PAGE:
The Input Hypothesis directs the question of how we get language. This speculation expresses that we obtain (not learn) language by comprehending input that is a little past our current level of procured capability (Krashen and Terrell 1983; Nasri et al. 2019). This has been lately declared perspicuously by Krashen (2003): “we procure language in just one way: when we comprehend messages; that is, when we acquire “comprehensible input”” (p. 4). This potent allegation is rehashed in different spots where Krashen expresses that ‘comprehending inputs is the main way language is obtained’ and that ‘there is no individual variety in the key procedure of language procurement’ (Krashen 2003, p. 4). Consequently, Krashen frequently utilizes the term ‘comprehension hypothesis’ (2003) to allude to the Input Hypothesis, contending that ‘perception’ is a superior depiction as only input is not sufficient; it must be comprehended.

Thus, based on Krashen’s (1982) input hypothesis, adequate presentation to understandable input is essential for language students to learn language. In light of this speculation, the input to which students are uncovered ought to be a little past their current level of language ability, i.e., ‘i + 1’. Considering Krashen’s perspective, when learners constantly and repeatedly confront and concentrate on an expansive quantity of input which is a little higher than their level of capability, they inchmeal obtain the structures. Krashen’s input hypotheses have motivated different universities and institutions to accomplish researches and studies in ER and utilize ER programs in teaching TEFL (Bahmani and Farvardin 2017; Chiang 2015).

Day and Bamford (1998), in particular, suggested a modern scheme which is diverse from Krashen’s (1982) input hypothesis. Based on this scheme, “ER is advantageous if it furnishes the students with input which is somewhat beneath their current level of competence (i.e., ‘i-1’)” (Bahmani and Farvardin 2017, p. 4). Moreover, “‘i-1’ creates a condition for automaticity educating and extending a huge sight vocabulary rather than learning new target structures” (Mikeladze 2014, p. 5). Truth to be told, ‘i-1’ is considered as the learners’ tranquility zone where they can rapidly construct their reading certainty and reading fluency (Abedi et al. 2019a; Chiang 2015).

All of researchers and teachers accepted that motivation is a basic factor to enhance reading comprehension. As indicated by Dornyei (2001), the meaning of motivation is very intricate and obscurant because it is t is made out of various models and hypotheses. As discussed by Protacio (2012), “reading problems occur partly due to the fact that people are not motivated to read in the first place” (p. 11). Moley Bandré, and George (2011) explain that, motivation happens when “students develop an interest in and form a bond with a topic that lasts beyond the short term” (p. 251). Furthermore, Guthrie and Wigfield (2000, p. 405) propound that “reading motivation is the individual’s personal objectives, values, and beliefs regarding the topics, processes, and outcomes of reading”. Considering this delineation, one would come to two principle consequences: The first is that reading motivation refers to putting together of various dimensions of motivation in an intricate route. The second is the type of agency people have over it since they can manipulate, unify and divert their motivation to read in terms of their credence, worthiness and objectives (Namaziandost et al. 2018b; Wigfield and Tonks 2004). “Not only does reading motivation relate to reading comprehension, but it also relates to both the amount of reading and students’ reading achievement” (Guthrie and Wigfield 2005, p. 76). Guthrie et al. (2006, p. 232) elucidate that “reading motivation correlates with students’ amount of reading”. For this purpose, Guthrie and Wigfield (2005) emphasize the perspective that “reading motivation is domain-specific as it belongs to a status that necessitates an emotional reaction particular to a reading material, and that would metamorphose based on the diversity of activities inaugurating it” (p. 89).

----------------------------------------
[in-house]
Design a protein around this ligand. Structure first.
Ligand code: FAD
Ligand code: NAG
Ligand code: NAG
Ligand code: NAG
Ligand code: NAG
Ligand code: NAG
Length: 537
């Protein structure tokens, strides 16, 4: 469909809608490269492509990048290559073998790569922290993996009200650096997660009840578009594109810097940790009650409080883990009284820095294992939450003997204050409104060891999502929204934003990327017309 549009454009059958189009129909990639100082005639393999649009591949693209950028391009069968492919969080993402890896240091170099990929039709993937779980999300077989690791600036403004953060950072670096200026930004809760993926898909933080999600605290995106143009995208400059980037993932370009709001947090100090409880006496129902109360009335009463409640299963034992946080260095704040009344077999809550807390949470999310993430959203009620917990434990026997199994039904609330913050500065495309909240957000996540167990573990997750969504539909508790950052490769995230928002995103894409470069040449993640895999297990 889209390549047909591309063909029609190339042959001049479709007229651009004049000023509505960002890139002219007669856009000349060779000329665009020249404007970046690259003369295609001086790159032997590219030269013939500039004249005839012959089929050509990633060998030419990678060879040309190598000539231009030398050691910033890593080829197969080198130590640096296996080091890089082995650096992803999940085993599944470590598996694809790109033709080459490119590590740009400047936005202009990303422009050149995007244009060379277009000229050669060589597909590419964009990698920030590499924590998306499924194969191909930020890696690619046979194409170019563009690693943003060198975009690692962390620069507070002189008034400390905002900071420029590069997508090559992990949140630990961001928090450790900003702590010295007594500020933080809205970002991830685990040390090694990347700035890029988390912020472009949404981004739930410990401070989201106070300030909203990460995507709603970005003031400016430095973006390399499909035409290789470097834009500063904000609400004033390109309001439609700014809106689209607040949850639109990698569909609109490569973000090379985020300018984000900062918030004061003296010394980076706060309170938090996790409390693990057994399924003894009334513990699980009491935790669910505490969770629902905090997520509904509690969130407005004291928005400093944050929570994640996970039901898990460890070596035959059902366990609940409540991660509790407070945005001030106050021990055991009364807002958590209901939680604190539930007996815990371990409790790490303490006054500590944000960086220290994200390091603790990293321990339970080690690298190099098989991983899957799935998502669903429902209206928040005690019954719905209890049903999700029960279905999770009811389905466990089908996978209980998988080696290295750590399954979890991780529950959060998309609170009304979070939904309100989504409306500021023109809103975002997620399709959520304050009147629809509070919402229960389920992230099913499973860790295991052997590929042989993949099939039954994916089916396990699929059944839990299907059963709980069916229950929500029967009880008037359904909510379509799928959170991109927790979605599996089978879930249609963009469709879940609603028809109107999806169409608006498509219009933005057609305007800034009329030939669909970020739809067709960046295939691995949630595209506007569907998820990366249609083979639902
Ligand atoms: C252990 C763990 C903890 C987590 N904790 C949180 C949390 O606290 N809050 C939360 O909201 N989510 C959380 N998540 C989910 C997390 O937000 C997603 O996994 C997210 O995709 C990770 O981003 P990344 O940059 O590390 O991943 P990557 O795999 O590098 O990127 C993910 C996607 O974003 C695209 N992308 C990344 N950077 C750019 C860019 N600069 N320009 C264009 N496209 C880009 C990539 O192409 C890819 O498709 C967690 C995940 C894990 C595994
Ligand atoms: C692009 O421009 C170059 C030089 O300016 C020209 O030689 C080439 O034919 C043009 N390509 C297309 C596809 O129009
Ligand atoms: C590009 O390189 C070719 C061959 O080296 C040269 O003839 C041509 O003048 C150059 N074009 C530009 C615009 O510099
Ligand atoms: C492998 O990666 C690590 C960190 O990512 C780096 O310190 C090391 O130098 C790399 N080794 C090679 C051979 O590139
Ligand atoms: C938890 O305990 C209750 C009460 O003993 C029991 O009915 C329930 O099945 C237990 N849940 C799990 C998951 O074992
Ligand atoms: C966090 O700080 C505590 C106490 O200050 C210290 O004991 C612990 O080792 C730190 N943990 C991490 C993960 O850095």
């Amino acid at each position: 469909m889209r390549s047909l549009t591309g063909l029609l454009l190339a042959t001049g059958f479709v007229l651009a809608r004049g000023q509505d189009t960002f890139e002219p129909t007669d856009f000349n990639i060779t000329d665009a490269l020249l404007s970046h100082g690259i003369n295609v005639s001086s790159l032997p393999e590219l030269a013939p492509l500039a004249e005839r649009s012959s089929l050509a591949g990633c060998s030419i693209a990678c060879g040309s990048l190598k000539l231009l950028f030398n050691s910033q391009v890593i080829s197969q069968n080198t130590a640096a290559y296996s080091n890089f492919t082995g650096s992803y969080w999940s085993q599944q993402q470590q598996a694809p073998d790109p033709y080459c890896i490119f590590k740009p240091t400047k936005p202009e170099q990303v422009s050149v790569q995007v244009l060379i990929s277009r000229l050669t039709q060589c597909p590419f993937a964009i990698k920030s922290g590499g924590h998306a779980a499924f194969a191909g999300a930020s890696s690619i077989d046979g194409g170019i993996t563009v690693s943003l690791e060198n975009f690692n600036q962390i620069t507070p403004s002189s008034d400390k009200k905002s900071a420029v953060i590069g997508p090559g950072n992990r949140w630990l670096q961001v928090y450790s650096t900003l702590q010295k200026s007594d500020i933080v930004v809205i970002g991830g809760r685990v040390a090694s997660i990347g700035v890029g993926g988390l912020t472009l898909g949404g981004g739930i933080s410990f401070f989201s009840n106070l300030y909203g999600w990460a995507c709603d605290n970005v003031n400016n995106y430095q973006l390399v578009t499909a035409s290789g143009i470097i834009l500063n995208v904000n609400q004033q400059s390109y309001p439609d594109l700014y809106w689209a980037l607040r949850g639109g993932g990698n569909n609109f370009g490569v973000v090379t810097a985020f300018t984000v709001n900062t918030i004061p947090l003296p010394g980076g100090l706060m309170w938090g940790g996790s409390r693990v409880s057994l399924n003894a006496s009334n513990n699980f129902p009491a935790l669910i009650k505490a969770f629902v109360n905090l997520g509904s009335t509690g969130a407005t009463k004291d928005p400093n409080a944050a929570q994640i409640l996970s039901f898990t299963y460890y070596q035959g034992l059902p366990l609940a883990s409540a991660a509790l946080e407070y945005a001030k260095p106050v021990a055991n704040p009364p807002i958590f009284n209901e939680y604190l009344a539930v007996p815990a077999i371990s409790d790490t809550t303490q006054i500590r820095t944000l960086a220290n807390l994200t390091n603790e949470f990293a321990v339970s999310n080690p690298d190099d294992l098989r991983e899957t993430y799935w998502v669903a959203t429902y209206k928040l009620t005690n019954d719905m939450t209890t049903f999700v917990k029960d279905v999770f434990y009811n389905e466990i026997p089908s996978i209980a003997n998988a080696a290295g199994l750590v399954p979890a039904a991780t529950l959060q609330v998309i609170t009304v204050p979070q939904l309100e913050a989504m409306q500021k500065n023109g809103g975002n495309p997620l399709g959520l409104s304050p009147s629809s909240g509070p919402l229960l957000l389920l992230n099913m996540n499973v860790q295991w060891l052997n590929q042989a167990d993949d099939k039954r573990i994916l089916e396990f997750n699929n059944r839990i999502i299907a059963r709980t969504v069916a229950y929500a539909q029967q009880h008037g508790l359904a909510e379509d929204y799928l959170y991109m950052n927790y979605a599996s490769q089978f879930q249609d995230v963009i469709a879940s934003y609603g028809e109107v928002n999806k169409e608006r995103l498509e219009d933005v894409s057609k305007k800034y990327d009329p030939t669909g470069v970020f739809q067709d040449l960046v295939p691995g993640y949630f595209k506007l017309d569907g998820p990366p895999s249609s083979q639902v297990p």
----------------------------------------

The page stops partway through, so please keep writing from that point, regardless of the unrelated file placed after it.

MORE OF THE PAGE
Pachtman and Wilson (2006) expressed that it is crucial to propel students to read by giving them chances to choose their interest materials. In other words, readers need to read more when they are allowed to choose their reading materials since they should find out that reading is a pleasurable action. As indicated by Hairul, Ahmadi, and Pourhosein (2012), reading motivation is the substantial measure of motivation that learners need to focus their positive or negative feelings about reading. For example, students who read for joy and utilizing ways to help their understanding are amazingly roused readers. Students of this sort regularly view reading as a vital factor in their daily exercises, acknowledge difficulties in the reading procedure and are probably going to be effective readers.

Hairul, Ahmadi, and Pourhosein (2012) believed that reading motivation greatly affects reading appreciation. The researchers proceeded with that reading motivation impacts all parts of motivation and reading appreciation procedures in various conditions. They additionally accentuated that learners’ inspiration totally influences their understanding; it implies that learners with more stronger reading inspiration can be relied upon to read more in more extensive territory. As indicated by Hairul, Ahmadi, and Pourhosein (2012), a standout amongst the most essential components which help students read more is reading inspiration and it importantly affects reading perception. In this manner, numerous researchers have been very much aware of the noteworthiness of inspiration in the objective language learning and how inspiration expands appreciation among language students.